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Published on 3 November 2008

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Trial of motor neurone disease drug


Sufferers of motor neurone disease have been given new hope by the announcement of an 18 month, £1 million study into lithium to begin next year.

There is some evidence that it can slow the progress of the nerve illness famously suffered by scientist Professor Stephen Hawking. Up to a tenth of patients are already thought to be taking the drug, despite serious side-effects.

Professor Nigel Leigh, director of the MND Care Centre at King’s College London, said: “We’re looking for something like a 20% reduction in the death rate, which is a huge effect.”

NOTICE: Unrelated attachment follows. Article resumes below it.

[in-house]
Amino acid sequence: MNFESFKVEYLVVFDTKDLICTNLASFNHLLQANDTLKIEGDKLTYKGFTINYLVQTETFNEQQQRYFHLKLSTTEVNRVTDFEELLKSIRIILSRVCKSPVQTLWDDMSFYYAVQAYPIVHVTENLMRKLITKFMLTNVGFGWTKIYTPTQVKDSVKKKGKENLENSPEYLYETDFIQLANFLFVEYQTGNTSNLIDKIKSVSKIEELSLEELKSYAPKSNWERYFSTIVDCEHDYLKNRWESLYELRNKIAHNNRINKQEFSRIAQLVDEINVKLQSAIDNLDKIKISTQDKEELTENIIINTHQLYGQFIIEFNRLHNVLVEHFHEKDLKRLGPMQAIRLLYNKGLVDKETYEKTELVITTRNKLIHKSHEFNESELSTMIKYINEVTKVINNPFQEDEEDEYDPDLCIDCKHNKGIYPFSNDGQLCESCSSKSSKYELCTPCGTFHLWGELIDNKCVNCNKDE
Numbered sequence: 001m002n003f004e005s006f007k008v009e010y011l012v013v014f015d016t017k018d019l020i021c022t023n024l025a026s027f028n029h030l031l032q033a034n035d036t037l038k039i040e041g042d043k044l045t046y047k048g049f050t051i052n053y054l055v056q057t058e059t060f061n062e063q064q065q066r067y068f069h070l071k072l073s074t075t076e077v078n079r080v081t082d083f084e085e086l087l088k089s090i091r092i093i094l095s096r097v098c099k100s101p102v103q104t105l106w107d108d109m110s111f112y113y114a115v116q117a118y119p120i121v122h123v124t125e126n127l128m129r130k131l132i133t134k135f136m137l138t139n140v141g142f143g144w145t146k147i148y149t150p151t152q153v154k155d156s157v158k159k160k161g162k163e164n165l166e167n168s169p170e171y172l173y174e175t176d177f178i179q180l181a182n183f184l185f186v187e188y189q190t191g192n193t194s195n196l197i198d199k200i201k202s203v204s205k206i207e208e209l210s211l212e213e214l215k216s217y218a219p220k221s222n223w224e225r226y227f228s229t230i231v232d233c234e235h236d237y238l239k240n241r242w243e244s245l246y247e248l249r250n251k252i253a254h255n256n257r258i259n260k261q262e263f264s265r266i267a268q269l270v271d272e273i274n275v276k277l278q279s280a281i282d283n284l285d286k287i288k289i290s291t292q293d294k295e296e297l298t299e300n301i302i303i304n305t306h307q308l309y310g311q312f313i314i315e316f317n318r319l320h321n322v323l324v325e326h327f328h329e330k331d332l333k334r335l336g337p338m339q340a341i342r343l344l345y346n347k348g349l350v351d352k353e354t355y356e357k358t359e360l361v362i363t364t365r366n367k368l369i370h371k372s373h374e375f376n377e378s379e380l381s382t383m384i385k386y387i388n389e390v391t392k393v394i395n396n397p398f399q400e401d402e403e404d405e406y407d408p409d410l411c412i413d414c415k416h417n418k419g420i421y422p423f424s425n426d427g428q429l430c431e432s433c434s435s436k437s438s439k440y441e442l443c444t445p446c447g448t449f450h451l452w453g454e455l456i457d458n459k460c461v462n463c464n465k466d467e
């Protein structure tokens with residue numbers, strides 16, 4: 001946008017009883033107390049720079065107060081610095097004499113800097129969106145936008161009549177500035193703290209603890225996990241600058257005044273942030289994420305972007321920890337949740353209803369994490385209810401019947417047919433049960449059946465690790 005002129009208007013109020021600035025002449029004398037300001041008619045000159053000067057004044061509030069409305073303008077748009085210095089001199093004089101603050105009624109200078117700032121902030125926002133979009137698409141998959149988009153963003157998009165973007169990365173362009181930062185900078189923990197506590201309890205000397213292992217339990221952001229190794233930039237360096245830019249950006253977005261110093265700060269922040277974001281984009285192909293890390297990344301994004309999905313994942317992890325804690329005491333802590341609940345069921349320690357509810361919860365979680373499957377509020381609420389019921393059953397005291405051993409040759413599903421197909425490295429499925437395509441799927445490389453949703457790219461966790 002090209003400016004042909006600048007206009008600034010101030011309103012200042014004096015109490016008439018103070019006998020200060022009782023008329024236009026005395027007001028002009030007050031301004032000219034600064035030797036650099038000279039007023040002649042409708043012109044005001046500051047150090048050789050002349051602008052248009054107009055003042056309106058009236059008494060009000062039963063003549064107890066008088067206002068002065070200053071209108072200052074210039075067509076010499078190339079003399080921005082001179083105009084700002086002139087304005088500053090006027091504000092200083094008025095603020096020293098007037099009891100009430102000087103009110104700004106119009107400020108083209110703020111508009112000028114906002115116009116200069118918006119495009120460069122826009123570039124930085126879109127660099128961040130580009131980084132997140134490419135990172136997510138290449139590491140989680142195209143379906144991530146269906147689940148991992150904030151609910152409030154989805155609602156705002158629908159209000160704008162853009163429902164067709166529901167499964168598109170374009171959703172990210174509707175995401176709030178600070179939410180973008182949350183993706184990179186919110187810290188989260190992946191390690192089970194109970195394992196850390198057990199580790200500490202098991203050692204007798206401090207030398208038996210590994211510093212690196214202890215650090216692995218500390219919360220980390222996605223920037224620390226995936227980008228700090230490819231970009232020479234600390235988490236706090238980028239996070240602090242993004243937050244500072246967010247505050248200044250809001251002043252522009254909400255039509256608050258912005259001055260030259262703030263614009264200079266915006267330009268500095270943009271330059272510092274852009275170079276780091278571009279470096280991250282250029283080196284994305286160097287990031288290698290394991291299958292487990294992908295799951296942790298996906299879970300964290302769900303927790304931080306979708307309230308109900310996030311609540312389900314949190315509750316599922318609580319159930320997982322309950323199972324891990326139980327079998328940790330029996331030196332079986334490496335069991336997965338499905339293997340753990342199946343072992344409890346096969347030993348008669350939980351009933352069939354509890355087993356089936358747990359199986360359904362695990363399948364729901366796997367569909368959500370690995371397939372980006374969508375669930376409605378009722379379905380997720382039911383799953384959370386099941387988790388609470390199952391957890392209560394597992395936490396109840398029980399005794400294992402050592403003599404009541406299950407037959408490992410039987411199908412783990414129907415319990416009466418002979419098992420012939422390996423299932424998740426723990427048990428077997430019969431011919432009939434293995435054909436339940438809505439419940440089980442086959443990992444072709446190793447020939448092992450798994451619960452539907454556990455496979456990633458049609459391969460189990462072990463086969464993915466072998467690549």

Prof Hawking, Lucasian Professor of Mathematics at Cambridge University and one of the world’s leading cosmologists, is an exceptional case.

He was diagnosed with amyotrophic lateral sclerosis (ALS) – the most common form of MND – at the age of 21, and although severely disabled he is still active at the age of 66.

To provide meaningful results, all those taking part must fall into the ‘normal’ bracket of patients with rapidly progressing disease.

Because lithium is so cheap – 2.4p per 200mg tablet – a positive outcome is likely to result in most MND patients being offered it.

Copyright PA Business 2008

Motor Neurone Disease Association

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